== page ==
Clinical Radiology 03/2013; · 1.66 Impact Factor
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    ABSTRACT: BACKGROUND & AIMS: Lipopolysaccharide (LPS)-expressing bacteria cause severe inflammation in cirrhotic patients. The global gene response to LPS is unknown in cirrhotic immune cells. METHODS: Gene-expression profiling using Affymetrix Human Exon Array analyzed the expression of 14,851 genes in LPS-stimulated peripheral blood mononuclear cells (PBMCs) from 4 patients with cirrhosis and 4 healthy subjects. We performed validation studies using RT-qPCR in LPS-simulated PBMCs from 57 patients and 9 healthy subjects and investigated the association of gene induction with mortality in 26 patients. RESULTS: Gene-expression profiling of LPS-stimulated cirrhotic cells showed 509 upregulated genes and 1,588 downregulated genes. In LPS-stimulated "healthy" cells, 952 genes were upregulated and 838 genes downregulated. The 741 LPS-regulated genes shared by cirrhotic and "healthy" cells were involved in cytokine production/activity and the induction of "immune paralysis". Comparison of functions associated with the 1,356 genes that were specifically regulated by LPS in cirrhotic cells to functions of the 1,049 genes specifically regulated in "healthy "cells allowed to define a cirrhosis-specific phenotype. Unlike in "healthy" cells, LPS failed to induce an interferon-mediated program in cirrhotic cells. In cirrhotic PBMCs, LPS specifically induced certain molecules involved in apoptosis and downregulated molecules involved in endocytic trafficking. RT-qPCR experiments showed that LPS-stimulated cirrhotic PBMCs had an enhanced induction of certain proinflammatory cytokines and chemokines. In the prognosis study, higher ex-vivo LPS-induction of inflammatory genes IL6 and CXCL5 were significant predictors of mortality. CONCLUSIONS: Our results show that LPS-stimulated cirrhotic PBMCs exhibit an extensive and often unexpected transcriptional response.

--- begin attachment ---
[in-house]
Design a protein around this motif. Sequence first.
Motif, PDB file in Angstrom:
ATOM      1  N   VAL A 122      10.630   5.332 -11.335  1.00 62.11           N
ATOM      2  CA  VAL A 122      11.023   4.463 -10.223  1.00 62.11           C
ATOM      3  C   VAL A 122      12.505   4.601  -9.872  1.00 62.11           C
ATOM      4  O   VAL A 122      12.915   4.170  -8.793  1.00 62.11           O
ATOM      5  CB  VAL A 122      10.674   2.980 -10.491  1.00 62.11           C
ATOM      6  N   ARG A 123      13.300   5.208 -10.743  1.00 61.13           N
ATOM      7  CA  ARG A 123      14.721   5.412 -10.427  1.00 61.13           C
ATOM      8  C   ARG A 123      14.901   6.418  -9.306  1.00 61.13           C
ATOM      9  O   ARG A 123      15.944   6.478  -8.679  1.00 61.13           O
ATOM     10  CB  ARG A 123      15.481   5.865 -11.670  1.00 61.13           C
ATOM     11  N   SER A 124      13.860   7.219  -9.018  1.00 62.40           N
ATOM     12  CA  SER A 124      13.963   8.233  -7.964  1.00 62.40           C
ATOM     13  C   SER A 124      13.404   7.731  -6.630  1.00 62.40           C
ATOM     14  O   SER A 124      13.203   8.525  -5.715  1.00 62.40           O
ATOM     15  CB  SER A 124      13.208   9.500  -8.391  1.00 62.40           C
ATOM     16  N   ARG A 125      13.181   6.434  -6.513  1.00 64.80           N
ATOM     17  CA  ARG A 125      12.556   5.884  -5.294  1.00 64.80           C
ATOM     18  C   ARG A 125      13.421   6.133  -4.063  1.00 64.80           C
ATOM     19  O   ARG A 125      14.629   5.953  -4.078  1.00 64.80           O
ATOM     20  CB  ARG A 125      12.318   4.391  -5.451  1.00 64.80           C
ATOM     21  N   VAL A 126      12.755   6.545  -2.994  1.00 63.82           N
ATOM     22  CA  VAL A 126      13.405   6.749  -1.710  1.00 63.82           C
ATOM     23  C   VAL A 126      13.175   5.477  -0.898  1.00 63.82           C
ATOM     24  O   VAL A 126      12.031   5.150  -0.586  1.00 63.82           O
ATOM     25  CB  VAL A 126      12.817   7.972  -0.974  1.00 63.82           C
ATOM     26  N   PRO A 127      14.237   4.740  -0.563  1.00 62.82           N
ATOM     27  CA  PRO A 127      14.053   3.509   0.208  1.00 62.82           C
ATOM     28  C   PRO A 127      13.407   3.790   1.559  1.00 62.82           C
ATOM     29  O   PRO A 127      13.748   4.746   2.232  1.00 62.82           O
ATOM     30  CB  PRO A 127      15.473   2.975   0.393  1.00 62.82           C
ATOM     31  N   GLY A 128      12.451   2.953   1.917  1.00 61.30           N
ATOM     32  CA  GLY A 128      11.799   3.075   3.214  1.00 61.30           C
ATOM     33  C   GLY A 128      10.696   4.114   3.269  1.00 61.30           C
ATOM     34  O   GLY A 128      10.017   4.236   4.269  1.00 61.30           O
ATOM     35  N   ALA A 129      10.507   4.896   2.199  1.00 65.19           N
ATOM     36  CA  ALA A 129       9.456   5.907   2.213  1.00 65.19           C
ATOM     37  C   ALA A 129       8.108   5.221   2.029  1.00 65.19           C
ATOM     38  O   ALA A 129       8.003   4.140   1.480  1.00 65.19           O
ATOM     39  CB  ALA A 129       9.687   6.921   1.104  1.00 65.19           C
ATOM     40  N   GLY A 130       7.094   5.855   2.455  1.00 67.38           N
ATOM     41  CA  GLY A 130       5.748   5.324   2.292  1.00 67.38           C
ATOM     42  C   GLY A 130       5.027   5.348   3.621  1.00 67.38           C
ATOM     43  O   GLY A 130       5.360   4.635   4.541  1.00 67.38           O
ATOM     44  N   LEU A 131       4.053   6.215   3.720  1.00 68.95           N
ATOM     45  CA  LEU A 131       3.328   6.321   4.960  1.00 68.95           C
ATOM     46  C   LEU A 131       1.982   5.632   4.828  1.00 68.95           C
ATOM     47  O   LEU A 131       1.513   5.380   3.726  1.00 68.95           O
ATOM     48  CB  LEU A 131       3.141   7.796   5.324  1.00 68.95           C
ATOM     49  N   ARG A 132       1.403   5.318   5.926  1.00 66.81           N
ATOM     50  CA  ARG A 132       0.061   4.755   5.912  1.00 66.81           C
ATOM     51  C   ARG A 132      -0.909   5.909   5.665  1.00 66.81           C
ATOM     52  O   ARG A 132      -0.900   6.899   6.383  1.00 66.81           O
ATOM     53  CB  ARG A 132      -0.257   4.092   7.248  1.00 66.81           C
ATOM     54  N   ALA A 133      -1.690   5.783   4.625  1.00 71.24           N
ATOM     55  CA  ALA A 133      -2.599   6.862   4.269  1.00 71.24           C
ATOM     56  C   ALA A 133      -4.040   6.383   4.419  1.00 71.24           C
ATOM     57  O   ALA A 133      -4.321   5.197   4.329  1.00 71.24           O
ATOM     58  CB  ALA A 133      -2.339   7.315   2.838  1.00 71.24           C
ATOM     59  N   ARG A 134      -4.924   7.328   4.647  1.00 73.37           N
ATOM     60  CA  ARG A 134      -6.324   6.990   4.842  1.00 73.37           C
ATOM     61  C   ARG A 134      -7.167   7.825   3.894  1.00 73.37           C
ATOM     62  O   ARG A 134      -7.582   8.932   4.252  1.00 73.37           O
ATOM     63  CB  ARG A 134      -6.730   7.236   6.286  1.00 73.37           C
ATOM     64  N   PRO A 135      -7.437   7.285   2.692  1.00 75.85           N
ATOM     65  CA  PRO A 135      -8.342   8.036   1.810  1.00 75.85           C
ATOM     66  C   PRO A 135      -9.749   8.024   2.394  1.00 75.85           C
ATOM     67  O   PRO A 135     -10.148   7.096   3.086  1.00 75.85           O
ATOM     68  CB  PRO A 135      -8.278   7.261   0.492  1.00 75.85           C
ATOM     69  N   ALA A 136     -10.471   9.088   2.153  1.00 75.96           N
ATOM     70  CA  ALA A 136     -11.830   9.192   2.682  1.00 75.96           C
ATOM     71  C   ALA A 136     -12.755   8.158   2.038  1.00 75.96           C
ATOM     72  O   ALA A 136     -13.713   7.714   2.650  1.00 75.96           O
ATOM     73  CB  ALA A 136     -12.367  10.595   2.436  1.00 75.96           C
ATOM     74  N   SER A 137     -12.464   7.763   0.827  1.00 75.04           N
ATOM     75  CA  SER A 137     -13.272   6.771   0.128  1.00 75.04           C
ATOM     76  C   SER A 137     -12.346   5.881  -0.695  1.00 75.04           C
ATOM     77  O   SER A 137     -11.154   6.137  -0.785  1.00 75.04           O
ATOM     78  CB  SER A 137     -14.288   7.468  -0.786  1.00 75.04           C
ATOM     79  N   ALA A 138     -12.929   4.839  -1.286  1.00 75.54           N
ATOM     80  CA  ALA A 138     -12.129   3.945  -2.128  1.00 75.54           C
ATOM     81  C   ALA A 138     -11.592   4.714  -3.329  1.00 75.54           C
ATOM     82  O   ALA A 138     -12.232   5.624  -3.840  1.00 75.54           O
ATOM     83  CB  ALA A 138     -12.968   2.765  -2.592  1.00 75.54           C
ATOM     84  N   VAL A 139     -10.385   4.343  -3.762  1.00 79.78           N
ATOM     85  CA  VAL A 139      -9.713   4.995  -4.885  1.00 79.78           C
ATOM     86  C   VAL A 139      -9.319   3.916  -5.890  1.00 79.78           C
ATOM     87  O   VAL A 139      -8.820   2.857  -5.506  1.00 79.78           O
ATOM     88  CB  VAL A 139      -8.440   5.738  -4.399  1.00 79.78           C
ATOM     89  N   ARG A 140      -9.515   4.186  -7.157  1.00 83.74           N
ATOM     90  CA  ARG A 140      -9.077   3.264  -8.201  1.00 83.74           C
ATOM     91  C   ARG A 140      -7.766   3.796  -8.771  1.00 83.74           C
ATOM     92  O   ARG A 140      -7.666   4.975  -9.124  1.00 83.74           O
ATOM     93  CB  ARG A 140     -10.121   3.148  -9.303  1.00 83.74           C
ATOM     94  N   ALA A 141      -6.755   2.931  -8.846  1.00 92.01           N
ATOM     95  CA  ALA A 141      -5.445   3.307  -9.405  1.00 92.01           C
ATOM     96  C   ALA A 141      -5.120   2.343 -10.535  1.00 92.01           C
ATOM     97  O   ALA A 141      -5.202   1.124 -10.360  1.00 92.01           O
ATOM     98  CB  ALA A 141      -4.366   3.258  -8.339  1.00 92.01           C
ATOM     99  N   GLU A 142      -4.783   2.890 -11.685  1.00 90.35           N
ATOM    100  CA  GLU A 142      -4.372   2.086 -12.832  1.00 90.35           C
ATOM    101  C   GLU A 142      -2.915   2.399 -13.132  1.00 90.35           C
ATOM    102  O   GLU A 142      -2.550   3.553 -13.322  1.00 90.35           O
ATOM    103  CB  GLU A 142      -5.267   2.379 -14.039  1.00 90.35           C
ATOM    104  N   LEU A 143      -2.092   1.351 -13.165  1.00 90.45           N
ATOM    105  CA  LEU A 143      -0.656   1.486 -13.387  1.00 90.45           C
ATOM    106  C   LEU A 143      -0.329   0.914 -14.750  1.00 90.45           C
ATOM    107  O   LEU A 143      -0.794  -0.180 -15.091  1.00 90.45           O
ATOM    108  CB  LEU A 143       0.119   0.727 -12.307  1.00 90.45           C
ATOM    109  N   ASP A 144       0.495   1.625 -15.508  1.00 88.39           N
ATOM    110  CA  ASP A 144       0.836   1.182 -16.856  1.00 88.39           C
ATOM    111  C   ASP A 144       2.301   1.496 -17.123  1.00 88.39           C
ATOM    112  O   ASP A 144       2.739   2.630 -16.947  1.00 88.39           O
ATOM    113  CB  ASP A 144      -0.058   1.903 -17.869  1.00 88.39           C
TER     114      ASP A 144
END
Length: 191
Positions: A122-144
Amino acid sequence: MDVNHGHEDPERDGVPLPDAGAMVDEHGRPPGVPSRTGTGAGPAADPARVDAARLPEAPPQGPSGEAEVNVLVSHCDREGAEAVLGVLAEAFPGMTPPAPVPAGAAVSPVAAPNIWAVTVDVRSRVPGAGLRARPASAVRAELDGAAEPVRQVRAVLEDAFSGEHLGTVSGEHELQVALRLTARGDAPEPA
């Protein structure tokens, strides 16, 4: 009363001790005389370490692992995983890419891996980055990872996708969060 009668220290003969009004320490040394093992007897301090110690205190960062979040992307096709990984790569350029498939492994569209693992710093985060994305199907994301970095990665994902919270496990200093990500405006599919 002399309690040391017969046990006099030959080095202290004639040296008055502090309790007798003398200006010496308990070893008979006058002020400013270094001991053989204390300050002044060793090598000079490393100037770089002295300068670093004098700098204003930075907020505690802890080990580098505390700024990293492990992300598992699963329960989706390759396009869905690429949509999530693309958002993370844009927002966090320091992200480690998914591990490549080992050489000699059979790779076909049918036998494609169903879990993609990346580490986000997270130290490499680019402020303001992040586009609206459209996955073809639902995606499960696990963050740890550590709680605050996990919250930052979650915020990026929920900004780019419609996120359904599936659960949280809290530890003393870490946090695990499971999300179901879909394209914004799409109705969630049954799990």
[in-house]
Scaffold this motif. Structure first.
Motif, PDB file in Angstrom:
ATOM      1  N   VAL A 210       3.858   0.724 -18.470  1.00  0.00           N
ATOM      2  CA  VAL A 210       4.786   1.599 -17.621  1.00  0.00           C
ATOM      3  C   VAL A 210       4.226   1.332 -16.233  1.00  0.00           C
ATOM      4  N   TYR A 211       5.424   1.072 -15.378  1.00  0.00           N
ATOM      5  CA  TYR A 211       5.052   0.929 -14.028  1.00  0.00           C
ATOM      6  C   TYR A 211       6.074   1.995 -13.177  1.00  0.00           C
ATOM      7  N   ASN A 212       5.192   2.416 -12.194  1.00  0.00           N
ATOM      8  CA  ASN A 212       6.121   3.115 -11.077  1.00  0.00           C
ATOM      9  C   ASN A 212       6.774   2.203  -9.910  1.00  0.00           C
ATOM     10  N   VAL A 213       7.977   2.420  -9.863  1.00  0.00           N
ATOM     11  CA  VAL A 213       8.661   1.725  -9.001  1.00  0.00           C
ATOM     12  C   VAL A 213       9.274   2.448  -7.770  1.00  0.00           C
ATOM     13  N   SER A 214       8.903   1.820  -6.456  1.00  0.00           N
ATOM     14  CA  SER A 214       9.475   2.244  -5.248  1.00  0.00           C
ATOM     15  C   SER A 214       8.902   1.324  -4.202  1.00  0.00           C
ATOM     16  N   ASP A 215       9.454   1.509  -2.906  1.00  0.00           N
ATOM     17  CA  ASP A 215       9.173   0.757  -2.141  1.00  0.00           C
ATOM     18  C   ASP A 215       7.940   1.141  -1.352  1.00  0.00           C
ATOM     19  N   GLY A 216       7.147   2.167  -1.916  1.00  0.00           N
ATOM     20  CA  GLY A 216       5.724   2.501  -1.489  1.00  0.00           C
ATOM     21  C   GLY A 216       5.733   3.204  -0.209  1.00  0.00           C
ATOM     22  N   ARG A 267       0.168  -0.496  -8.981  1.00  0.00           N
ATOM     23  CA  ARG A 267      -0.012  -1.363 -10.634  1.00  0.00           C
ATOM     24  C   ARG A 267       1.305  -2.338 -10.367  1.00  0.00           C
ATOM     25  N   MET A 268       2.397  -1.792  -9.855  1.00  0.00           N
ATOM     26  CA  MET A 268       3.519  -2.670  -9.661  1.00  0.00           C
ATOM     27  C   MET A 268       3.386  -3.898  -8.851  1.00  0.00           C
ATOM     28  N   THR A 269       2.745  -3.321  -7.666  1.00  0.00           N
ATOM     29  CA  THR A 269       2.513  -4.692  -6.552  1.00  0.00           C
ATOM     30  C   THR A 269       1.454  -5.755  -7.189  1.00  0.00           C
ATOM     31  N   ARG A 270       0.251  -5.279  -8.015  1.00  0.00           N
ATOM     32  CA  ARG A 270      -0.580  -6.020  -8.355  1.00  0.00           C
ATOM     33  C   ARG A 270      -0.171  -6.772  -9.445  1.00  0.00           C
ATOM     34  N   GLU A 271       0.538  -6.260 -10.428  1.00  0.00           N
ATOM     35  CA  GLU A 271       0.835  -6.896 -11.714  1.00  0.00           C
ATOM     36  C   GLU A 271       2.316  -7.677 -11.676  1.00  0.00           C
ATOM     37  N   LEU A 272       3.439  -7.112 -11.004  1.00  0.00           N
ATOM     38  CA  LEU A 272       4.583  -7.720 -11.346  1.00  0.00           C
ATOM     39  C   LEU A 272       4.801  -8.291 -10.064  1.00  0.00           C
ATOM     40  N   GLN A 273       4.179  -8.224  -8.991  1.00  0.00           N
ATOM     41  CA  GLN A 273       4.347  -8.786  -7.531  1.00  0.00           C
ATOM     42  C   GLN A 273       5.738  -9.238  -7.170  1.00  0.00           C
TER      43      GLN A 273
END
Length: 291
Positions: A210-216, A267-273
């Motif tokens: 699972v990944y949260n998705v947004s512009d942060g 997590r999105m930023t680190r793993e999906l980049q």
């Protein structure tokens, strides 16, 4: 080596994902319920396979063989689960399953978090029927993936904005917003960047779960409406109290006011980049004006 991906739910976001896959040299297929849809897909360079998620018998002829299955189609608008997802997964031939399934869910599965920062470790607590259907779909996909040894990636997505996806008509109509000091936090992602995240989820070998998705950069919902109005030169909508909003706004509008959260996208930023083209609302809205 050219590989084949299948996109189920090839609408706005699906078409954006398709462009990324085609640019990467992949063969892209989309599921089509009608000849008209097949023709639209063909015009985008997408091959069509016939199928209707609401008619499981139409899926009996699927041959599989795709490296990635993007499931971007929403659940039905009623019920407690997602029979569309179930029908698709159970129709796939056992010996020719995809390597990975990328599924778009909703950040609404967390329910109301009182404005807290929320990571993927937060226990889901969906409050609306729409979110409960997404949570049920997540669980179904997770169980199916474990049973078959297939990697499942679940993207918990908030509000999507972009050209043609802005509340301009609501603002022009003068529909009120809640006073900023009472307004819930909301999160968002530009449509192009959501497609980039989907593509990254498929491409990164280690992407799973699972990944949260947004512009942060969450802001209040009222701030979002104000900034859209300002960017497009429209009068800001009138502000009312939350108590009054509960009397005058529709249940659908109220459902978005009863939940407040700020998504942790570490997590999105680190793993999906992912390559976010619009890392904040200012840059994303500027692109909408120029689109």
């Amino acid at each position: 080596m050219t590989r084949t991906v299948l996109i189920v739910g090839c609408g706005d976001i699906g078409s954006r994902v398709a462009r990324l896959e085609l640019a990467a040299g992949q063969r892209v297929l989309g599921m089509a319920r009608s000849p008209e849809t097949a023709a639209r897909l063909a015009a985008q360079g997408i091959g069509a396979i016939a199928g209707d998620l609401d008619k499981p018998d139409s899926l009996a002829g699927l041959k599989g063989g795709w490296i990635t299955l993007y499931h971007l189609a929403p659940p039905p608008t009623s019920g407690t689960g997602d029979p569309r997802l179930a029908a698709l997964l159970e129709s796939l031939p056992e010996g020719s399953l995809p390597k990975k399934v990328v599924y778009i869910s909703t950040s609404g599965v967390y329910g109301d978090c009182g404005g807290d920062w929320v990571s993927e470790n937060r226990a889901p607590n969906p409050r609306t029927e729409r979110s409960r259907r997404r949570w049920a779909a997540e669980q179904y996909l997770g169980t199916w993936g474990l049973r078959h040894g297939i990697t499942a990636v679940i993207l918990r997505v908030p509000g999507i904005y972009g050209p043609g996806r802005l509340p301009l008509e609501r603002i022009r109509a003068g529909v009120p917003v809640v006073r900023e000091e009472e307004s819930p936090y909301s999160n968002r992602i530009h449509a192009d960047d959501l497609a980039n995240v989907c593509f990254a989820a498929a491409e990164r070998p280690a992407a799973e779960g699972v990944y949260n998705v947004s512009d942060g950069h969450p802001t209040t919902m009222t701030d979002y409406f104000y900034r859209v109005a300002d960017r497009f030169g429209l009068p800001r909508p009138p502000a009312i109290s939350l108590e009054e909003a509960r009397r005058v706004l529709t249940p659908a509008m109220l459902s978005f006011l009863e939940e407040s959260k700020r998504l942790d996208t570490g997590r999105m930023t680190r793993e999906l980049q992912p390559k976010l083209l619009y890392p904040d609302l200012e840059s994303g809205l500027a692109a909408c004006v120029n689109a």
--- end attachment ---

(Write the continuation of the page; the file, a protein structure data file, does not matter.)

Journal of Hepatology 01/2013; · 9.86 Impact Factor
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    ABSTRACT: To study the efficacy and factors associated with a sustained virological response (SVR) in chronic hepatitis C (CHC) relapsing patients. Out of 1228 CHC patients treated with pegylated interferon (PEG-IFN) and ribavirin (RBV), 165 (13%) had a relapse. Among these, 62 patients were retreated with PEG-IFN-α2a or -α2b and RBV. Clinical, biological, virological and histological data were collected. Initial doses and treatment modifications were recorded. The efficacy of retreatment and predictive factors for SVR were analyzed. An SVR was achieved in 42% of patients. SVR was higher in young (< 50 years) (61%) than old patients (27%) (P = 0.007), and in genotype 2 or 3 (57%) than in genotype 1 or 4 (28%) patients (P = 0.023). Prolonging therapy for at least 24 wk more than the previous course was associated with higher SVR rates (53% vs 28%, P = 0.04). Also, a better SVR rate was observed with RBV dose/body weight > 15.2 mg/kg per day (70% vs 35%, P = 0.04). In logistic regression, predictors of a response were age (P = 0.018), genotype (P = 0.048) and initial RBV dose/body weight (P = 0.022). None of the patients without a complete early virological response achieved an SVR (negative predictive value = 100%). Retreatment with PEG-IFN/RBV is eff-ective in genotype 2 or 3 relapsers, especially in young patients. A high dose of RBV seems to be important for the retreatment response.